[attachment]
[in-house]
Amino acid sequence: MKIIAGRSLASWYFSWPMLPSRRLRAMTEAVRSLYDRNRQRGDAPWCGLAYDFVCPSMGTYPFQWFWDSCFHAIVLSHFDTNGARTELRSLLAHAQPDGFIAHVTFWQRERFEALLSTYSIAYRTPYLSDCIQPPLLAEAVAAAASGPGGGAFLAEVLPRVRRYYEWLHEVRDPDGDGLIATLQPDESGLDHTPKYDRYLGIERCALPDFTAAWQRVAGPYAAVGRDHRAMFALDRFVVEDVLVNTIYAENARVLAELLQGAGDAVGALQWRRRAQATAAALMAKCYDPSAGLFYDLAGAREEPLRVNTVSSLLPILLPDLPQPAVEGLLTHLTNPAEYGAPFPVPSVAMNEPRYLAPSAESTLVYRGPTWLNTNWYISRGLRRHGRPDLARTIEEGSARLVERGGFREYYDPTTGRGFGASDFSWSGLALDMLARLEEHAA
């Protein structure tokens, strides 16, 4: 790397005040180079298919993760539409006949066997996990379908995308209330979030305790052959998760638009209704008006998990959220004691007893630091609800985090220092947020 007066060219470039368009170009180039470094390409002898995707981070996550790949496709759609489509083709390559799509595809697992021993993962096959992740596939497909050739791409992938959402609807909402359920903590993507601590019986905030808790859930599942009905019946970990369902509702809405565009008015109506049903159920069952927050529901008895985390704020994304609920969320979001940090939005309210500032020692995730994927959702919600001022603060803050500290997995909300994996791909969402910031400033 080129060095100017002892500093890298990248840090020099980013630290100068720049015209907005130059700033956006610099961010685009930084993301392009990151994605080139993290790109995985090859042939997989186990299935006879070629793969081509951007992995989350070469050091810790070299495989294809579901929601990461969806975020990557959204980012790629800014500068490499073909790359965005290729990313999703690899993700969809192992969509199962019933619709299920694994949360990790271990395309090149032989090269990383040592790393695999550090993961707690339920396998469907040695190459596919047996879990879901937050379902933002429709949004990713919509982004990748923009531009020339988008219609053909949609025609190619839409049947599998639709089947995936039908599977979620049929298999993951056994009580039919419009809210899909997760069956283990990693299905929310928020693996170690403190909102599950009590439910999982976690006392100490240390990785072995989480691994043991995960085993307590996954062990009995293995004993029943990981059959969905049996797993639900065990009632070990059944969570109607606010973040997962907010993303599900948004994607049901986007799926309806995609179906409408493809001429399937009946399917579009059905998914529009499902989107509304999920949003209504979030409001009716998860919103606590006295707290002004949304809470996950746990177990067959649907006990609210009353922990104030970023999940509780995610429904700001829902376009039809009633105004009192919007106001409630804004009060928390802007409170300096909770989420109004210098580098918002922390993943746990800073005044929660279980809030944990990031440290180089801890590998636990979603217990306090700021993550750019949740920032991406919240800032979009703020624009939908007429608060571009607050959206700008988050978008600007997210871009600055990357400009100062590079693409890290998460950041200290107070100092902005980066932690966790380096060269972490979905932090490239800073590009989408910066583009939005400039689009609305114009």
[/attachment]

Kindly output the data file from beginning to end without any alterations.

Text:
[in-house]
Amino acid sequence: MKIIAGRSLASWYFSWPMLPSRRLRAMTEAVRSLYDRNRQRGDAPWCGLAYDFVCPSMGTYPFQWFWDSCFHAIVLSHFDTNGARTELRSLLAHAQPDGFIAHVTFWQRERFEALLSTYSIAYRTPYLSDCIQPPLLAEAVAAAASGPGGGAFLAEVLPRVRRYYEWLHEVRDPDGDGLIATLQPDESGLDHTPKYDRYLGIERCALPDFTAAWQRVAGPYAAVGRDHRAMFALDRFVVEDVLVNTIYAENARVLAELLQGAGDAVGALQWRRRAQATAAALMAKCYDPSAGLFYDLAGAREEPLRVNTVSSLLPILLPDLPQPAVEGLLTHLTNPAEYGAPFPVPSVAMNEPRYLAPSAESTLVYRGPTWLNTNWYISRGLRRHGRPDLARTIEEGSARLVERGGFREYYDPTTGRGFGASDFSWSGLALDMLARLEEHAA
């Protein structure tokens, strides 16, 4: 790397005040180079298919993760539409006949066997996990379908995308209330979030305790052959998760638009209704008006998990959220004691007893630091609800985090220092947020 007066060219470039368009170009180039470094390409002898995707981070996550790949496709759609489509083709390559799509595809697992021993993962096959992740596939497909050739791409992938959402609807909402359920903590993507601590019986905030808790859930599942009905019946970990369902509702809405565009008015109506049903159920069952927050529901008895985390704020994304609920969320979001940090939005309210500032020692995730994927959702919600001022603060803050500290997995909300994996791909969402910031400033 080129060095100017002892500093890298990248840090020099980013630290100068720049015209907005130059700033956006610099961010685009930084993301392009990151994605080139993290790109995985090859042939997989186990299935006879070629793969081509951007992995989350070469050091810790070299495989294809579901929601990461969806975020990557959204980012790629800014500068490499073909790359965005290729990313999703690899993700969809192992969509199962019933619709299920694994949360990790271990395309090149032989090269990383040592790393695999550090993961707690339920396998469907040695190459596919047996879990879901937050379902933002429709949004990713919509982004990748923009531009020339988008219609053909949609025609190619839409049947599998639709089947995936039908599977979620049929298999993951056994009580039919419009809210899909997760069956283990990693299905929310928020693996170690403190909102599950009590439910999982976690006392100490240390990785072995989480691994043991995960085993307590996954062990009995293995004993029943990981059959969905049996797993639900065990009632070990059944969570109607606010973040997962907010993303599900948004994607049901986007799926309806995609179906409408493809001429399937009946399917579009059905998914529009499902989107509304999920949003209504979030409001009716998860919103606590006295707290002004949304809470996950746990177990067959649907006990609210009353922990104030970023999940509780995610429904700001829902376009039809009633105004009192919007106001409630804004009060928390802007409170300096909770989420109004210098580098918002922390993943746990800073005044929660279980809030944990990031440290180089801890590998636990979603217990306090700021993550750019949740920032991406919240800032979009703020624009939908007429608060571009607050959206700008988050978008600007997210871009600055990357400009100062590079693409890290998460950041200290107070100092902005980066932690966790380096060269972490979905932090490239800073590009989408910066583009939005400039689009609305114009």